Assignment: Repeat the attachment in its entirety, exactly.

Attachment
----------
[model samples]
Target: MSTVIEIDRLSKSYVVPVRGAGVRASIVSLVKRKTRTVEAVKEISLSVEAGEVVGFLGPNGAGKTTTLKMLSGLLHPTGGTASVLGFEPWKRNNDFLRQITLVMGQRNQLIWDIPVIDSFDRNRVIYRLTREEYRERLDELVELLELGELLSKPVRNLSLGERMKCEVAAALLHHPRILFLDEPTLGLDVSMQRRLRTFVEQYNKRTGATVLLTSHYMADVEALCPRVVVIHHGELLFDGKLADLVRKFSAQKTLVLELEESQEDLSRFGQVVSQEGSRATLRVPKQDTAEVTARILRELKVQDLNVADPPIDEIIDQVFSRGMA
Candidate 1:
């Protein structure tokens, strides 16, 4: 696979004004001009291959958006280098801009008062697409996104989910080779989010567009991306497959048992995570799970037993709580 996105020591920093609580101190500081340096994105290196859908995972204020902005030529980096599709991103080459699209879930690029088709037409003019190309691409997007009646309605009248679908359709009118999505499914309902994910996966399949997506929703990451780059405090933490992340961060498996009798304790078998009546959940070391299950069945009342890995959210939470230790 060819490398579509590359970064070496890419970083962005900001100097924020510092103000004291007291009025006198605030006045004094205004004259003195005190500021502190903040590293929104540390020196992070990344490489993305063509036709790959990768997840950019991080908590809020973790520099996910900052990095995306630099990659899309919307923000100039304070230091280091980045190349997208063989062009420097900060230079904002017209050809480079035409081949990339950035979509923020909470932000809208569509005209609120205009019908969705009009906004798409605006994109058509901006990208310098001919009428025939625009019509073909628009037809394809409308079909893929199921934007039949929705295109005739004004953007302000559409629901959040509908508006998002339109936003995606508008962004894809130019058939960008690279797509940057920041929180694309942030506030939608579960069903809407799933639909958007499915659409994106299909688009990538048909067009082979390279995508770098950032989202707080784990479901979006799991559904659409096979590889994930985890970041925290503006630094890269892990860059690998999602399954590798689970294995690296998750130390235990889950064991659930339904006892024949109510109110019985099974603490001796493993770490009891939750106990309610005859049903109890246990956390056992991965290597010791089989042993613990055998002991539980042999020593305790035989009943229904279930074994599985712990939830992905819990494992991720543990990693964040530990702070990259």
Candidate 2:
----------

[model samples]
Target: MSTVIEIDRLSKSYVVPVRGAGVRASIVSLVKRKTRTVEAVKEISLSVEAGEVVGFLGPNGAGKTTTLKMLSGLLHPTGGTASVLGFEPWKRNNDFLRQITLVMGQRNQLIWDIPVIDSFDRNRVIYRLTREEYRERLDELVELLELGELLSKPVRNLSLGERMKCEVAAALLHHPRILFLDEPTLGLDVSMQRRLRTFVEQYNKRTGATVLLTSHYMADVEALCPRVVVIHHGELLFDGKLADLVRKFSAQKTLVLELEESQEDLSRFGQVVSQEGSRATLRVPKQDTAEVTARILRELKVQDLNVADPPIDEIIDQVFSRGMA
Candidate 1:
């Protein structure tokens, strides 16, 4: 696979004004001009291959958006280098801009008062697409996104989910080779989010567009991306497959048992995570799970037993709580 996105020591920093609580101190500081340096994105290196859908995972204020902005030529980096599709991103080459699209879930690029088709037409003019190309691409997007009646309605009248679908359709009118999505499914309902994910996966399949997506929703990451780059405090933490992340961060498996009798304790078998009546959940070391299950069945009342890995959210939470230790 060819490398579509590359970064070496890419970083962005900001100097924020510092103000004291007291009025006198605030006045004094205004004259003195005190500021502190903040590293929104540390020196992070990344490489993305063509036709790959990768997840950019991080908590809020973790520099996910900052990095995306630099990659899309919307923000100039304070230091280091980045190349997208063989062009420097900060230079904002017209050809480079035409081949990339950035979509923020909470932000809208569509005209609120205009019908969705009009906004798409605006994109058509901006990208310098001919009428025939625009019509073909628009037809394809409308079909893929199921934007039949929705295109005739004004953007302000559409629901959040509908508006998002339109936003995606508008962004894809130019058939960008690279797509940057920041929180694309942030506030939608579960069903809407799933639909958007499915659409994106299909688009990538048909067009082979390279995508770098950032989202707080784990479901979006799991559904659409096979590889994930985890970041925290503006630094890269892990860059690998999602399954590798689970294995690296998750130390235990889950064991659930339904006892024949109510109110019985099974603490001796493993770490009891939750106990309610005859049903109890246990956390056992991965290597010791089989042993613990055998002991539980042999020593305790035989009943229904279930074994599985712990939830992905819990494992991720543990990693964040530990702070990259």
Candidate 2: